Another concern is voiced by a scientist who co-wrote the Canadian stem-cell guidelines and remarked, "We have to be sure we are not creating beings with consciousness." First of all, such a statement presumes that only humans have consciousness, when as we've noted while discussing neuroscience in earlier entries (2/2/05, 2/3/05, 2/8/05), consciousness may exist in manifold forms. When we hardly understand our own brains and subjective experience, it's presumptuous of us to claim comprehension of the consciousness of other fauna. In any case, concerns about transplanting human consciousness into other beings don't accord with the complexities of biological functioning. As one stem-cell researcher notes:
''Even if I were to make a monkey with a hippocampus composed entirely of human cells, it's not going to stand up and quote Shakespeare,'' Snyder says. ''Those sophisticated in human functioning know that it's more than the cellular components that make a human brain. It's the connections, the blood vessels that feed them; it's the various surfaces on which they migrate, the timing by which various synaptic molecules are released and impact other things, like molecules from the bloodstream and from the bone.''
Continuing to search for what separates us from other animals, the author of the Times article eventually settles on the notion that it comes down to the size of our brain:
If it is not some categorical essentialism that draws a bright line between us and the rest of the animals, surely it is the size and power of our brains. They are the physical address of everything we think of as uniquely human -- our rational thinking, intelligence, language, complex emotions and unparalleled ability to imagine a future and remember the past....''Humanness'' surely resides in the emergent layers building the vastly complex architecture of the human brain.
Drawing a "bright line" between humans and animals based on brain size is just another kind of "categorical essentialism." And again, why fall back on the concept of "humanness"? Like a Platonic form, it has no grounding in the realm of science. Certainly the human animal has a distinguishably complex brain, but such a fact does not imply that humans are apart from the rest of life. And despite the author's assertion, scientific research indicates that thinking, intelligence, language, emotion, and memory are not exclusively human attributes. As to differences in the brain, a biological anthropologist interviewed for the article suggests they are a matter of degree and not kind:
...[Deacon] says that there is little evidence for the sudden appearance of some new thing — a uniquely human gene, a completely novel brain structure in the hominid lineage — that sets us distinctly apart. Obviously, there has been an overall increase in brain size. But the telling difference is in more subtle shifts in proportion and connections between regions of the brain, ''a gerrymandering of the system'' that corresponds to a growing reliance on the use of language and other symbolic behavior as a means of survival.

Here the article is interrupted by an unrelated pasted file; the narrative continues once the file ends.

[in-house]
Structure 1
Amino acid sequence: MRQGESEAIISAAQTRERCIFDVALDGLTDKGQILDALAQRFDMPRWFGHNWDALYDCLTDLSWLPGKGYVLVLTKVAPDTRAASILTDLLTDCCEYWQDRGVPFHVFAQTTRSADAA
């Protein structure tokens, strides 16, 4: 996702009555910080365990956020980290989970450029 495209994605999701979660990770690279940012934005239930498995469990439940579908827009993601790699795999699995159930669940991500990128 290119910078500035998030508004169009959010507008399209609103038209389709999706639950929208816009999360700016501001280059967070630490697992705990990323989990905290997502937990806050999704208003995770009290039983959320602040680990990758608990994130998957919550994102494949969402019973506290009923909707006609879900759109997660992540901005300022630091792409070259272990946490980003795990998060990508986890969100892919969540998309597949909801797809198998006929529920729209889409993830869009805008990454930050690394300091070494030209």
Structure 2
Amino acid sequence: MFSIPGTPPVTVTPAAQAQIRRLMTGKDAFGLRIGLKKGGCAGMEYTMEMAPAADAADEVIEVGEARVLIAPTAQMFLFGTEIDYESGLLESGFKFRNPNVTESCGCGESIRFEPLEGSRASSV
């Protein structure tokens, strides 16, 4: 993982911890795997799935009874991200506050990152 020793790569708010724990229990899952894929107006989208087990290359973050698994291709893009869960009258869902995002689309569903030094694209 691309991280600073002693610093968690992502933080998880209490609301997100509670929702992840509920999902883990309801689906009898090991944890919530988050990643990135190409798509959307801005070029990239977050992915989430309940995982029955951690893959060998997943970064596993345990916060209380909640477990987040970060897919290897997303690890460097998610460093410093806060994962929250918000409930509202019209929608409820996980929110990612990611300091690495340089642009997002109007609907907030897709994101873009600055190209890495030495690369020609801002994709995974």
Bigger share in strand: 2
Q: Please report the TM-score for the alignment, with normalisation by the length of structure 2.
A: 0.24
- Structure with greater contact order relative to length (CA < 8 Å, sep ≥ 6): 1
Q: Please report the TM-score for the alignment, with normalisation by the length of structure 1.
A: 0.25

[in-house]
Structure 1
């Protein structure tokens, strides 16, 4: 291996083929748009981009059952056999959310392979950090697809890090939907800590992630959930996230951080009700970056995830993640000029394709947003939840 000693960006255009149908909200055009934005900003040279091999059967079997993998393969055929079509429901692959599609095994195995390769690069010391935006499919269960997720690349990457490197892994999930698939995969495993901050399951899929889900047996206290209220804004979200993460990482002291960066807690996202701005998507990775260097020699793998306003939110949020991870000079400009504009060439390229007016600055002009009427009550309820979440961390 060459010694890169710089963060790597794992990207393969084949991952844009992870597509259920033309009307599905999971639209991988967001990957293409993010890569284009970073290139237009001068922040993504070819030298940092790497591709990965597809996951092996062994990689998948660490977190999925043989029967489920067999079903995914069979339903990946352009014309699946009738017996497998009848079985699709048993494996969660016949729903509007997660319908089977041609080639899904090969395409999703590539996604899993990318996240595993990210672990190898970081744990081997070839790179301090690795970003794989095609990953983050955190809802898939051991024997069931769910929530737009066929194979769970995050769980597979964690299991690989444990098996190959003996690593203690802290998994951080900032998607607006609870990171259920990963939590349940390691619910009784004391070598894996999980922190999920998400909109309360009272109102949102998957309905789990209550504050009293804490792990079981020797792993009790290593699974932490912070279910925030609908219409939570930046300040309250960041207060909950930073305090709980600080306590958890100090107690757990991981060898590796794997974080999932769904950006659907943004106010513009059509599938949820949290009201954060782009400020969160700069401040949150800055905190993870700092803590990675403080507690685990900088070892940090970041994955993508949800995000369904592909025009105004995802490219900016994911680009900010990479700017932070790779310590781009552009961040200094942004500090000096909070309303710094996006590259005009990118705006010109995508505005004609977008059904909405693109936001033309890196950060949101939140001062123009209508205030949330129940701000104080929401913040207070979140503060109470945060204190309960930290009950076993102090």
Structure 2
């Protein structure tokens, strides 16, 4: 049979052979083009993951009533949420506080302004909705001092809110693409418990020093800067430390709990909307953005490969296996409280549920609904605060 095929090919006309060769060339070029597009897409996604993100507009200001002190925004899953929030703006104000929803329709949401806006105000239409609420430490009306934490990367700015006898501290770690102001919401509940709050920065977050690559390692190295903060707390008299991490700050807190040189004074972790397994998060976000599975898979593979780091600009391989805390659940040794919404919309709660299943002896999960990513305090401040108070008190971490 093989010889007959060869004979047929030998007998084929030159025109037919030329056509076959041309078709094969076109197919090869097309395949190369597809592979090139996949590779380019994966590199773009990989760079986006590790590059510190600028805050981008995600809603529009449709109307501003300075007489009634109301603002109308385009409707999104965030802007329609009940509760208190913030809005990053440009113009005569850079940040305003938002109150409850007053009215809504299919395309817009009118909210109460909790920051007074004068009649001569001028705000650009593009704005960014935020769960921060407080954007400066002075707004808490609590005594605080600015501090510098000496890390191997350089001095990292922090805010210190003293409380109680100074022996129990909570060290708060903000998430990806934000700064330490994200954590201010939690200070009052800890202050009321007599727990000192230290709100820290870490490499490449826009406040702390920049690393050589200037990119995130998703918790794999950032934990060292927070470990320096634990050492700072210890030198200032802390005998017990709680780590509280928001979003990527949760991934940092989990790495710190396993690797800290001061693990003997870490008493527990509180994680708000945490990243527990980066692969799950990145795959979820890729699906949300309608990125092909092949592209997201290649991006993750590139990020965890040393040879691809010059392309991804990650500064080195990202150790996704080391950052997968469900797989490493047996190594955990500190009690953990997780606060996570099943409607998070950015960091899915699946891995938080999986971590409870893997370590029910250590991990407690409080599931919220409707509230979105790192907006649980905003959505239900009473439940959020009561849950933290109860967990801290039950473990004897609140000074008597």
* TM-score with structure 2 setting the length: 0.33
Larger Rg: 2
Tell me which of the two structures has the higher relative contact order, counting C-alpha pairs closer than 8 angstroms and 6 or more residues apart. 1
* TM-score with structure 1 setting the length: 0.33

The key point here is that humans, relatively speaking, have a highly developed capacity for abstract thought. Abstraction allows us to conceive of ourselves as materially different from nature, but thinking does not make a thing so. This brings us back to David Bohm, who emphasizes:
...it is crucial that man be aware of the activity of his thought as such; i.e. as a form of insight, a way of looking, rather than as a 'true copy of reality as it is'.
As mentioned in the beginning of this entry, we act in the world to a great degree through the filter of our thinking. Faced with dilemmas, we turn again and again to thought to resolve them. Yet, we remain unaware of the extent to which our problems originate in the fragmentary tendencies of thought itself. Here we've used the example of an article on stem-cell research to illustrate how preconceived notions frame the questions we ask. In a subsequent entry we'll further explore David Bohm's response to the challenges of fragmentation.
The New Yorker magazine recently completed a compelling and wide-ranging three-part series on climate change called "The Climate of Man."
Parts One, Two, and Three are available online. The New Yorker web site also includes an interview with the writer of the series, Elizabeth Kolbert, which contains the following exchange:
One disturbing thing about your article is just how alarmed many seemingly sober-minded scientists are. What sort of a gap is there between expert and lay opinion on climate change?
That’s a good question. I think there is a surprisingly large — you might even say frighteningly large — gap between the scientific community and the lay community’s opinions on global warming. As you point out, I spoke to many very sober-minded, coolly analytical scientists who, in essence, warned of the end of the world as we know it. I think there are a few reasons why their message hasn’t really got out. One is that scientists tend, as a group, to interact more with each other than with the general public. Another is that there has been a very well-financed disinformation campaign designed to convince people that there is still scientific disagreement about the problem, when, as I mentioned before, there really is quite broad agreement. And third, the climate operates on its own timetable. It will take several decades for the warming that is already inevitable to be felt. People tend to focus on the here and now. The problem is that, once global warming is something that most people can feel in the course of their daily lives, it will be too late to prevent much larger, potentially catastrophic changes.